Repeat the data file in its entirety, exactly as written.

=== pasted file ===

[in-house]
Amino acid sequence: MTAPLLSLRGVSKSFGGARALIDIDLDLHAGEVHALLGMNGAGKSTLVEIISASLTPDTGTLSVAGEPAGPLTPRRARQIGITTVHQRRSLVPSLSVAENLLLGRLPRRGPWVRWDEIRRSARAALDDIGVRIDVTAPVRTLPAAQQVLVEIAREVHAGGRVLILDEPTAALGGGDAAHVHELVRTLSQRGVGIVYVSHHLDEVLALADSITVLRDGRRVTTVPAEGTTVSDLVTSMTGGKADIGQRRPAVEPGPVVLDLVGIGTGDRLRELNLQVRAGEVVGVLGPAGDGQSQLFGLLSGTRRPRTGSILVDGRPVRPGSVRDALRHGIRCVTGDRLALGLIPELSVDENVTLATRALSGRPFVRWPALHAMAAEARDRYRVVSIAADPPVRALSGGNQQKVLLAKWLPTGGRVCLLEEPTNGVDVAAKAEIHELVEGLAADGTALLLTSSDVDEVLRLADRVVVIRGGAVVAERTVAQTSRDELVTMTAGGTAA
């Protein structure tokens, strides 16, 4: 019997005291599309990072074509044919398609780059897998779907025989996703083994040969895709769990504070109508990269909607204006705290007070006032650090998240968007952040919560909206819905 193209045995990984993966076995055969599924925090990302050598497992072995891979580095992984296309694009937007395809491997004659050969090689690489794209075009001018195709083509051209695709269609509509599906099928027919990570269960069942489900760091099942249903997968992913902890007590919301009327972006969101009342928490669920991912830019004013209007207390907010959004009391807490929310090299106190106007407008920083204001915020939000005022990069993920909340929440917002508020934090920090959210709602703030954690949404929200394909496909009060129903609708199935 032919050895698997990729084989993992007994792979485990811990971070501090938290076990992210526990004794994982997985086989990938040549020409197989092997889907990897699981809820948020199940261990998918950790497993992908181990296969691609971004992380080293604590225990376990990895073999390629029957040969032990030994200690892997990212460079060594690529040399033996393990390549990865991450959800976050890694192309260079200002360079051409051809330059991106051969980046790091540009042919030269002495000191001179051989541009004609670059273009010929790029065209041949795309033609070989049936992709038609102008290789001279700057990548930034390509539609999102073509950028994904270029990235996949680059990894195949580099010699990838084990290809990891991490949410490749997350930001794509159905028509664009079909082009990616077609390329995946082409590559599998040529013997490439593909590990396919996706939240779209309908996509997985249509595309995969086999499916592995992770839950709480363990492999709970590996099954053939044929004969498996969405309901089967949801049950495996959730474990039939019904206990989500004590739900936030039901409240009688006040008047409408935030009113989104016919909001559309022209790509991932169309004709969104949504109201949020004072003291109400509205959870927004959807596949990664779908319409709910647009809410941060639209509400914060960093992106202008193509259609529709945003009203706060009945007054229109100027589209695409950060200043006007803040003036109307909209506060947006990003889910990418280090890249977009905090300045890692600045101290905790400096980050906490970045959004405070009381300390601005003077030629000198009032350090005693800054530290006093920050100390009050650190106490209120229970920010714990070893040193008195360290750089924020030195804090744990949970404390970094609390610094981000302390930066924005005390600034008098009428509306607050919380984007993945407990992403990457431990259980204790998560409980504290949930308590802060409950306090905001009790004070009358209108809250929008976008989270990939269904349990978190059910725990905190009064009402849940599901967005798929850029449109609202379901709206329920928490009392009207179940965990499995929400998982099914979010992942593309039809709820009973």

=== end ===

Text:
[in-house]
Amino acid sequence: MTAPLLSLRGVSKSFGGARALIDIDLDLHAGEVHALLGMNGAGKSTLVEIISASLTPDTGTLSVAGEPAGPLTPRRARQIGITTVHQRRSLVPSLSVAENLLLGRLPRRGPWVRWDEIRRSARAALDDIGVRIDVTAPVRTLPAAQQVLVEIAREVHAGGRVLILDEPTAALGGGDAAHVHELVRTLSQRGVGIVYVSHHLDEVLALADSITVLRDGRRVTTVPAEGTTVSDLVTSMTGGKADIGQRRPAVEPGPVVLDLVGIGTGDRLRELNLQVRAGEVVGVLGPAGDGQSQLFGLLSGTRRPRTGSILVDGRPVRPGSVRDALRHGIRCVTGDRLALGLIPELSVDENVTLATRALSGRPFVRWPALHAMAAEARDRYRVVSIAADPPVRALSGGNQQKVLLAKWLPTGGRVCLLEEPTNGVDVAAKAEIHELVEGLAADGTALLLTSSDVDEVLRLADRVVVIRGGAVVAERTVAQTSRDELVTMTAGGTAA
């Protein structure tokens, strides 16, 4: 019997005291599309990072074509044919398609780059897998779907025989996703083994040969895709769990504070109508990269909607204006705290007070006032650090998240968007952040919560909206819905 193209045995990984993966076995055969599924925090990302050598497992072995891979580095992984296309694009937007395809491997004659050969090689690489794209075009001018195709083509051209695709269609509509599906099928027919990570269960069942489900760091099942249903997968992913902890007590919301009327972006969101009342928490669920991912830019004013209007207390907010959004009391807490929310090299106190106007407008920083204001915020939000005022990069993920909340929440917002508020934090920090959210709602703030954690949404929200394909496909009060129903609708199935 032919050895698997990729084989993992007994792979485990811990971070501090938290076990992210526990004794994982997985086989990938040549020409197989092997889907990897699981809820948020199940261990998918950790497993992908181990296969691609971004992380080293604590225990376990990895073999390629029957040969032990030994200690892997990212460079060594690529040399033996393990390549990865991450959800976050890694192309260079200002360079051409051809330059991106051969980046790091540009042919030269002495000191001179051989541009004609670059273009010929790029065209041949795309033609070989049936992709038609102008290789001279700057990548930034390509539609999102073509950028994904270029990235996949680059990894195949580099010699990838084990290809990891991490949410490749997350930001794509159905028509664009079909082009990616077609390329995946082409590559599998040529013997490439593909590990396919996706939240779209309908996509997985249509595309995969086999499916592995992770839950709480363990492999709970590996099954053939044929004969498996969405309901089967949801049950495996959730474990039939019904206990989500004590739900936030039901409240009688006040008047409408935030009113989104016919909001559309022209790509991932169309004709969104949504109201949020004072003291109400509205959870927004959807596949990664779908319409709910647009809410941060639209509400914060960093992106202008193509259609529709945003009203706060009945007054229109100027589209695409950060200043006007803040003036109307909209506060947006990003889910990418280090890249977009905090300045890692600045101290905790400096980050906490970045959004405070009381300390601005003077030629000198009032350090005693800054530290006093920050100390009050650190106490209120229970920010714990070893040193008195360290750089924020030195804090744990949970404390970094609390610094981000302390930066924005005390600034008098009428509306607050919380984007993945407990992403990457431990259980204790998560409980504290949930308590802060409950306090905001009790004070009358209108809250929008976008989270990939269904349990978190059910725990905190009064009402849940599901967005798929850029449109609202379901709206329920928490009392009207179940965990499995929400998982099914979010992942593309039809709820009973």